Friends of the Nonverbal Communication Blog, this week we present the paper “Gender affects body language Reading” de Sokolov, A. A.; Krüger, S.; Enck, S.; Krägeloh-Mann, I. y Pavlova, M. A. (2012), they carried out one of the first studies about the different abilities of men and women to understand nonverbal language.

Reading body language has an immense importance when it comes about adaptive social behavior and communication in general. This skill is part of the core of social competences.

Those people who can infer emotions in others, represented by body movements, are likely to be more successful in interacting with other people.

In addition, it is possible to discriminate between deception and truth by observing the body and all the nonverbal information that the person transmits to us, considering it as a whole and analyzing its consistency.

The dynamic body expressions, gestures and actions of others are a very rich and valid source to pay attention to in our social interactions.

It is known from previous literature that emotions expressed by dynamic bodies, compared to faces, elicit greater activation in several areas of the brain, including the superior temporal sulcus, which is critically important in the social brain.

But how do you know who to trust? These judgments are vital to social interaction, and it appears that men and women differ in the cues they pay attention to.

According to generalized beliefs, women show greater sensitivity to nonverbal signals: they better discriminate friendship from sexual interest and are more competent in recognizing emotions on the face. Even women with Asperger’s syndrome would better recognize the emotions of dynamic faces than men.

In addition, women tend to recognize emotions better from faces than from voices, while men show the opposite trend.

Surprisingly, however, the impact of gender on reading body language is largely unknown. In a study carried out in the early 1980s, the superiority of women in reading it was pointed out, but there is not much more literature on the matter, as there is with other aspects of nonverbal communication.

The article tries to fill the gap and clarify whether the gender of the perceiver affects the recognition of emotional expressions conveyed by the actions of others and, if so, how it does. More specifically, authors ask whether gender affects the recognition of emotions represented by body movement, or, in other words, whether females excel at recognizing emotional actions.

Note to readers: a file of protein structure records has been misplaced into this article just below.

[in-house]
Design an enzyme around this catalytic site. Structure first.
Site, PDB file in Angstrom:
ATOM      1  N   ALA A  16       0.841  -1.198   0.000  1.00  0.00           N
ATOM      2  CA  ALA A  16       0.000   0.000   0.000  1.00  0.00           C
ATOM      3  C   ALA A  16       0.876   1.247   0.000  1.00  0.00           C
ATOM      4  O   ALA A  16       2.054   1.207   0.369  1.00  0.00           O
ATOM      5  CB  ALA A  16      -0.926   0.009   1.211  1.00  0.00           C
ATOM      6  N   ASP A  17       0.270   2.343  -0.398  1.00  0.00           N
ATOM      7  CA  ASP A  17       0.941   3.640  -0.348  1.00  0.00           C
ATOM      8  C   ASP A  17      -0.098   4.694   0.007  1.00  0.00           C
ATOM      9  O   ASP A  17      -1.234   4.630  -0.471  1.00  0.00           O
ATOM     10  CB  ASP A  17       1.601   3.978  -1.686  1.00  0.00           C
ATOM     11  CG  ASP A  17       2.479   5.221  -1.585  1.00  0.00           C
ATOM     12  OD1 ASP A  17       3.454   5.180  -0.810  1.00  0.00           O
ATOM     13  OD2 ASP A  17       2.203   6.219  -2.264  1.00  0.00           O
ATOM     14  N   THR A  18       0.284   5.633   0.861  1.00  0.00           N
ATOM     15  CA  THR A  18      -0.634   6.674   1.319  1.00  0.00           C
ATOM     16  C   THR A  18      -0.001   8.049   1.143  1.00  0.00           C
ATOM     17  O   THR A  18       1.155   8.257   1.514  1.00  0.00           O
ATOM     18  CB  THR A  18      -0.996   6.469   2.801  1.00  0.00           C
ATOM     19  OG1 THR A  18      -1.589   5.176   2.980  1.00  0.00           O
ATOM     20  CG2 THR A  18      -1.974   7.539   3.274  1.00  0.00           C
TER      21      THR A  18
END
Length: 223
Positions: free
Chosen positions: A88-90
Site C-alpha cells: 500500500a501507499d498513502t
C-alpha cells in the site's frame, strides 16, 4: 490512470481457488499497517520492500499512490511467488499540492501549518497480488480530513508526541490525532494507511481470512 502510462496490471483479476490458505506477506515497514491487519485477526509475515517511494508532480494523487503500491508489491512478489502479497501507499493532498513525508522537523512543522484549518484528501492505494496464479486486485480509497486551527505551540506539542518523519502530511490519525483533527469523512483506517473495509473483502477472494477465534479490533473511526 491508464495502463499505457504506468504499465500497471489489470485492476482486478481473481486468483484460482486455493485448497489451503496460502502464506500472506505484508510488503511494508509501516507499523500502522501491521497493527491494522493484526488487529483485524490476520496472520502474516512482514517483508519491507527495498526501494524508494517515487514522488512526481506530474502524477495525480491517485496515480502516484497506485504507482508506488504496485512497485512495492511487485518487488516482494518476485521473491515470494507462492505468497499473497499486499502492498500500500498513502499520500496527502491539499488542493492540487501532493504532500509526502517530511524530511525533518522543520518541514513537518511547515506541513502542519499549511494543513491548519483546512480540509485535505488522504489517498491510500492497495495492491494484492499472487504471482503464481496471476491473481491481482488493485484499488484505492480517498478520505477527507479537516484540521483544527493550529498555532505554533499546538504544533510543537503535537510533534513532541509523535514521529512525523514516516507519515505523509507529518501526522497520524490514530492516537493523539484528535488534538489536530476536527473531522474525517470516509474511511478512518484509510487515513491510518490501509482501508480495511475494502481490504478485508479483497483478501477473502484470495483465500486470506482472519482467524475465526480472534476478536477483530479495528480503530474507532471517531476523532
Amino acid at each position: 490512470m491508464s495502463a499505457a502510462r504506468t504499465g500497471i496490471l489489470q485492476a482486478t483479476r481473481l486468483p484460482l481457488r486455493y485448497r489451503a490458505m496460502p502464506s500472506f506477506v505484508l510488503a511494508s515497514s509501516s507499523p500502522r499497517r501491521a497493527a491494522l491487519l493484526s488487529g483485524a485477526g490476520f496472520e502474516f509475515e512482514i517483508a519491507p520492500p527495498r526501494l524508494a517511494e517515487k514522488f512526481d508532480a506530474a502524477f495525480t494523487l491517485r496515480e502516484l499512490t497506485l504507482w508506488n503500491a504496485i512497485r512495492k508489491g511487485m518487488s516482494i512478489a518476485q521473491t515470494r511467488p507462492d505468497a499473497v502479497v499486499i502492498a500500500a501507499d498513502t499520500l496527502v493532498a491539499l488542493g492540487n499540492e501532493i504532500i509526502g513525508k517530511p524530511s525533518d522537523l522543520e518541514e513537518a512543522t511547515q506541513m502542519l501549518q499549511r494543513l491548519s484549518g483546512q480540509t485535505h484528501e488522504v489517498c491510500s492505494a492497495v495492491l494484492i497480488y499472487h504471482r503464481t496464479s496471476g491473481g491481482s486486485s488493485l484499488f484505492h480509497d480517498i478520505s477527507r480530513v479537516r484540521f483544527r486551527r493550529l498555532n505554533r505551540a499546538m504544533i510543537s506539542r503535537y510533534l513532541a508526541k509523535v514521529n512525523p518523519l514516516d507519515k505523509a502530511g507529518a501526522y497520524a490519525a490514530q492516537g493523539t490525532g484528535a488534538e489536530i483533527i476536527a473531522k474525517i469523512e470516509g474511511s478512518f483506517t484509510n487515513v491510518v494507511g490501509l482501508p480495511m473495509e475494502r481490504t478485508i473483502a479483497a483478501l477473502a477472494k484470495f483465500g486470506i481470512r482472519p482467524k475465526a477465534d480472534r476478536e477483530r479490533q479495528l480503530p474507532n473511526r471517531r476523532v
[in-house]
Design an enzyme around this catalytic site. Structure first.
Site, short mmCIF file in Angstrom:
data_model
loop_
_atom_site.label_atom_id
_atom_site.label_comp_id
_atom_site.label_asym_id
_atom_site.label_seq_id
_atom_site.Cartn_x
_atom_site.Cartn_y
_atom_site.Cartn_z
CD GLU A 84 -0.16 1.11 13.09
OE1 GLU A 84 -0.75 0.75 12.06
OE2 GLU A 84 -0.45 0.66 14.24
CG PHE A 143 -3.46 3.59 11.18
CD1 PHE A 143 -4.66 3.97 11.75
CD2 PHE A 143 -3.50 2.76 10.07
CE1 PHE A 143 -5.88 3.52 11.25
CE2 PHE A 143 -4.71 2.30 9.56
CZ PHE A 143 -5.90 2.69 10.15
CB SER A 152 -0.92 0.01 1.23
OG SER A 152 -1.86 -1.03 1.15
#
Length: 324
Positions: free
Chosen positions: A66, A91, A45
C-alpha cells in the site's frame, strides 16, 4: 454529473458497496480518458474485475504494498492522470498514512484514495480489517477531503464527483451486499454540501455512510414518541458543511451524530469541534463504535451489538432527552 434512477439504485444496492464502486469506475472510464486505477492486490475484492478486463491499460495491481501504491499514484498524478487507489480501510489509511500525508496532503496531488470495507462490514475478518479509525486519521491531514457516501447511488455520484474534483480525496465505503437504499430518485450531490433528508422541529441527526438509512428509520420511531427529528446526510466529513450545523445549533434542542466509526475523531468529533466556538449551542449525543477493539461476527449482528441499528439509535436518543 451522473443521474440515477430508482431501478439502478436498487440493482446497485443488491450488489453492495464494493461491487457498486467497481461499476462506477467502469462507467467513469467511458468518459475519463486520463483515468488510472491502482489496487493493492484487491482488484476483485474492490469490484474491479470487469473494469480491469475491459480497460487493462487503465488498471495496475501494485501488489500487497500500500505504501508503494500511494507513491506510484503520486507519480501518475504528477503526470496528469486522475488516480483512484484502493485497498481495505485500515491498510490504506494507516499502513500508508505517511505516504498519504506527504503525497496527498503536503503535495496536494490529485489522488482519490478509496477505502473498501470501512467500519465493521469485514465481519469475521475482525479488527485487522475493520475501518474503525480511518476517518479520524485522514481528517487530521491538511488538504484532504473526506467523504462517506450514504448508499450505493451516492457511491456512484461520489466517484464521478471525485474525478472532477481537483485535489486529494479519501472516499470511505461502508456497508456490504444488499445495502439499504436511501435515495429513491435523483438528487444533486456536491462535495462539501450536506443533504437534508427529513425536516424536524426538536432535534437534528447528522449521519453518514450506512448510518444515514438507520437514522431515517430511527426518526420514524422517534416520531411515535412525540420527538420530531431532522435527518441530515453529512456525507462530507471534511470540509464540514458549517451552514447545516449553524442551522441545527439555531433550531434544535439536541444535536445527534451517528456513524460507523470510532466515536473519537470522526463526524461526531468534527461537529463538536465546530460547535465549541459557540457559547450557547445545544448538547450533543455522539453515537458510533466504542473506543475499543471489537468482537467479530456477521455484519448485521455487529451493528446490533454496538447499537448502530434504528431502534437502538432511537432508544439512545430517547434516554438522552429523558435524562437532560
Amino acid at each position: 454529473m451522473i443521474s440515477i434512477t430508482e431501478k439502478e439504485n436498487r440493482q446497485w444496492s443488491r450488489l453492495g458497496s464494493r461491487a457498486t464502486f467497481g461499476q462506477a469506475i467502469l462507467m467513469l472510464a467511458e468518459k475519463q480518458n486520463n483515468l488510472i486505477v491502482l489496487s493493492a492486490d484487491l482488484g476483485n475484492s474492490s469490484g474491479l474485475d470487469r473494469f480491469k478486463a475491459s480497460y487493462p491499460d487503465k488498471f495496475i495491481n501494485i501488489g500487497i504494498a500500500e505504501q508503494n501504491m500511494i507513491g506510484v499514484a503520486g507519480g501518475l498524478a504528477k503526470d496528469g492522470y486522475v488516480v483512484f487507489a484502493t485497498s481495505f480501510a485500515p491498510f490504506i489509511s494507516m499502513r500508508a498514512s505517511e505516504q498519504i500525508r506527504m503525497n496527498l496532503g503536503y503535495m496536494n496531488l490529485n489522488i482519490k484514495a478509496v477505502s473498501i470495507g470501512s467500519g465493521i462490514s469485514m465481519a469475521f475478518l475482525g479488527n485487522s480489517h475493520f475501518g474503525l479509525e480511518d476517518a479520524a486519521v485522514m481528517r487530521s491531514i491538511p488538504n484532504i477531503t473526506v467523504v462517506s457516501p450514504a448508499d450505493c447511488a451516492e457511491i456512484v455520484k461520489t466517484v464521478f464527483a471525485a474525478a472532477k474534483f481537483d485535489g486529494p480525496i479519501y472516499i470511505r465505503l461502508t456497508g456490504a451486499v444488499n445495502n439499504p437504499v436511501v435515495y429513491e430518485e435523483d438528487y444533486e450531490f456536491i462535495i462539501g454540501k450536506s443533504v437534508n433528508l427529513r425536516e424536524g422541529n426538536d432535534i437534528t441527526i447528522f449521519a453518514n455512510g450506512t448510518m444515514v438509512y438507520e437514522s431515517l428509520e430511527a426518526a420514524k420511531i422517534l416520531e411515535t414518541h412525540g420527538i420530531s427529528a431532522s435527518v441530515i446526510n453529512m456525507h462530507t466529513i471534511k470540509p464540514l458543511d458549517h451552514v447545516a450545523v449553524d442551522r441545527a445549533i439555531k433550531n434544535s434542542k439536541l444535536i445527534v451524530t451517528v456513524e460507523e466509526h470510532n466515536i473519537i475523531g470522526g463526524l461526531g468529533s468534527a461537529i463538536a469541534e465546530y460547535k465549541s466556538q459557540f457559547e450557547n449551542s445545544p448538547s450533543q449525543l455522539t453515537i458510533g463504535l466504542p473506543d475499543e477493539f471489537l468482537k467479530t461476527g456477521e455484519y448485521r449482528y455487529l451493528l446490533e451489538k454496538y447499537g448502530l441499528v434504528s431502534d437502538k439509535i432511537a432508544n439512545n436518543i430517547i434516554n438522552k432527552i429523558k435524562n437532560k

To this end, authors gathered 34 healthy adults between the ages of 20 and 36 who were enrolled in the study.

Authors used light dot screens depicting a person knocking on the door with different emotional expressions (happy, neutral, or angry) and showed this to the subjects. They had to infer which was the emotion of the person in that moment.

The light spot technique was used because it helps to isolate the information revealed by the appearance of other signals. The perceivers saw only a few bright spots placed on the joints of an arm, that, otherwise, would be completely invisible.

The results yielded interesting information. It seems that the effect of gender would be related to the emotional content of the actions.

Women tend to excel at recognizing angry actions, while men excel at recognizing the happy ones.

Additionally, females outperform males in recognizing emotionally neutral hits.

Women have been socially associated with a high sensitivity to emotional cues and subtle details; the reverse occurring with men, who may have a better performance in recognizing negative threatening expressions.

These assumptions are based on the different evolutionary and sociocultural roles of both genders.

The data is consistent with findings showing that men appear to exhibit stronger brain activation in response to positive images (depicting landscapes, sports activities, families, or erotic scenes) than women.

Finally, women have an advantage in recognizing neutral movements. It suggests that they are better attuned to the lack of emotional content in bodily actions.

Authors point out that future research should be directed at uncovering sex differences in brain activity during body language reading. Such research would also shed light on sex differences in neuropsychiatric conditions characterized by deficits in social cognition, such as autism spectrum disorders, depression, or schizophrenia.

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